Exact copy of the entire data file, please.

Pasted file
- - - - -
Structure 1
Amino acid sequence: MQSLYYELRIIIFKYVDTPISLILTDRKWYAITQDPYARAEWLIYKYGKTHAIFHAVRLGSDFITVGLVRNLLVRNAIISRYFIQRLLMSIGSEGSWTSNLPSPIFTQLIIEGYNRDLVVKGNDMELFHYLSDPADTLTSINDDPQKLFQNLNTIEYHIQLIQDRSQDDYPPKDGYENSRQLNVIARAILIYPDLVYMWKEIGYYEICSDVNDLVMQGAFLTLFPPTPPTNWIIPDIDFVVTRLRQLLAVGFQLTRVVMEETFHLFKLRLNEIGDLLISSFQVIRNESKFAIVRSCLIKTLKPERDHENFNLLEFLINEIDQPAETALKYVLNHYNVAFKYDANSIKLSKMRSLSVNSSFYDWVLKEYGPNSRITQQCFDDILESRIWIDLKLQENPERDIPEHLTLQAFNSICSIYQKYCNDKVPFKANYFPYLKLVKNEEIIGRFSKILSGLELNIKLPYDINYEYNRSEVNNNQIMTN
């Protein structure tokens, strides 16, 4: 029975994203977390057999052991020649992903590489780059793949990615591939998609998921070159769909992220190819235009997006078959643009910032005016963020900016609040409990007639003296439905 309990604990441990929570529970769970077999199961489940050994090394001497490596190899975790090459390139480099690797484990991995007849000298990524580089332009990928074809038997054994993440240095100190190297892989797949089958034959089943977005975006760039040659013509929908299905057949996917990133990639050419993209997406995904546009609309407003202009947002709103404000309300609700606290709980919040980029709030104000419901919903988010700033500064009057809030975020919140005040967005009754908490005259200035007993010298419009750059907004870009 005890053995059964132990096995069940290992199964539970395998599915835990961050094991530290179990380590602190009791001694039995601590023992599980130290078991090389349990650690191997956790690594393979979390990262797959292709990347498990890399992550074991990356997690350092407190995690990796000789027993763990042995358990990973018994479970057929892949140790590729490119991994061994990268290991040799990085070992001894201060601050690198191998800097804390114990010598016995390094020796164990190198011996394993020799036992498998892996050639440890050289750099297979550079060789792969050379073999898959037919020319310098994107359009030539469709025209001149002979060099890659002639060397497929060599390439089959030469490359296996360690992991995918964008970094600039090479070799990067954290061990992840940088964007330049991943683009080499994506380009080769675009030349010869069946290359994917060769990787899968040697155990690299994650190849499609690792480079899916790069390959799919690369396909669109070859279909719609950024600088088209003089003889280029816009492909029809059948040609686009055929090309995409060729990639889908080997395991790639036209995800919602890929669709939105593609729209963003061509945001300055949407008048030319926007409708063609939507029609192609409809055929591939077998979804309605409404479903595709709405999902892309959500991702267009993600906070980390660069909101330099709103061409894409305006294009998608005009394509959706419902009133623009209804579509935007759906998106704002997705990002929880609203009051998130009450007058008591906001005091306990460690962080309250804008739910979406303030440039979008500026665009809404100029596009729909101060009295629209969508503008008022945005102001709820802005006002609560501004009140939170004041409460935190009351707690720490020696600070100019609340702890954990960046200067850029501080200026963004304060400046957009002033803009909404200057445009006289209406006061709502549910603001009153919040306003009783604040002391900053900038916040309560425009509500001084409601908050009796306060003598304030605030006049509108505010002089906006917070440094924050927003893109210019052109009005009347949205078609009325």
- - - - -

Structure 1
Amino acid sequence: MQSLYYELRIIIFKYVDTPISLILTDRKWYAITQDPYARAEWLIYKYGKTHAIFHAVRLGSDFITVGLVRNLLVRNAIISRYFIQRLLMSIGSEGSWTSNLPSPIFTQLIIEGYNRDLVVKGNDMELFHYLSDPADTLTSINDDPQKLFQNLNTIEYHIQLIQDRSQDDYPPKDGYENSRQLNVIARAILIYPDLVYMWKEIGYYEICSDVNDLVMQGAFLTLFPPTPPTNWIIPDIDFVVTRLRQLLAVGFQLTRVVMEETFHLFKLRLNEIGDLLISSFQVIRNESKFAIVRSCLIKTLKPERDHENFNLLEFLINEIDQPAETALKYVLNHYNVAFKYDANSIKLSKMRSLSVNSSFYDWVLKEYGPNSRITQQCFDDILESRIWIDLKLQENPERDIPEHLTLQAFNSICSIYQKYCNDKVPFKANYFPYLKLVKNEEIIGRFSKILSGLELNIKLPYDINYEYNRSEVNNNQIMTN
């Protein structure tokens, strides 16, 4: 029975994203977390057999052991020649992903590489780059793949990615591939998609998921070159769909992220190819235009997006078959643009910032005016963020900016609040409990007639003296439905 309990604990441990929570529970769970077999199961489940050994090394001497490596190899975790090459390139480099690797484990991995007849000298990524580089332009990928074809038997054994993440240095100190190297892989797949089958034959089943977005975006760039040659013509929908299905057949996917990133990639050419993209997406995904546009609309407003202009947002709103404000309300609700606290709980919040980029709030104000419901919903988010700033500064009057809030975020919140005040967005009754908490005259200035007993010298419009750059907004870009 005890053995059964132990096995069940290992199964539970395998599915835990961050094991530290179990380590602190009791001694039995601590023992599980130290078991090389349990650690191997956790690594393979979390990262797959292709990347498990890399992550074991990356997690350092407190995690990796000789027993763990042995358990990973018994479970057929892949140790590729490119991994061994990268290991040799990085070992001894201060601050690198191998800097804390114990010598016995390094020796164990190198011996394993020799036992498998892996050639440890050289750099297979550079060789792969050379073999898959037919020319310098994107359009030539469709025209001149002979060099890659002639060397497929060599390439089959030469490359296996360690992991995918964008970094600039090479070799990067954290061990992840940088964007330049991943683009080499994506380009080769675009030349010869069946290359994917060769990787899968040697155990690299994650190849499609690792480079899916790069390959799919690369396909669109070859279909719609950024600088088209003089003889280029816009492909029809059948040609686009055929090309995409060729990639889908080997395991790639036209995800919602890929669709939105593609729209963003061509945001300055949407008048030319926007409708063609939507029609192609409809055929591939077998979804309605409404479903595709709405999902892309959500991702267009993600906070980390660069909101330099709103061409894409305006294009998608005009394509959706419902009133623009209804579509935007759906998106704002997705990002929880609203009051998130009450007058008591906001005091306990460690962080309250804008739910979406303030440039979008500026665009809404100029596009729909101060009295629209969508503008008022945005102001709820802005006002609560501004009140939170004041409460935190009351707690720490020696600070100019609340702890954990960046200067850029501080200026963004304060400046957009002033803009909404200057445009006289209406006061709502549910603001009153919040306003009783604040002391900053900038916040309560425009509500001084409601908050009796306060003598304030605030006049509108505010002089906006917070440094924050927003893109210019052109009005009347949205078609009325």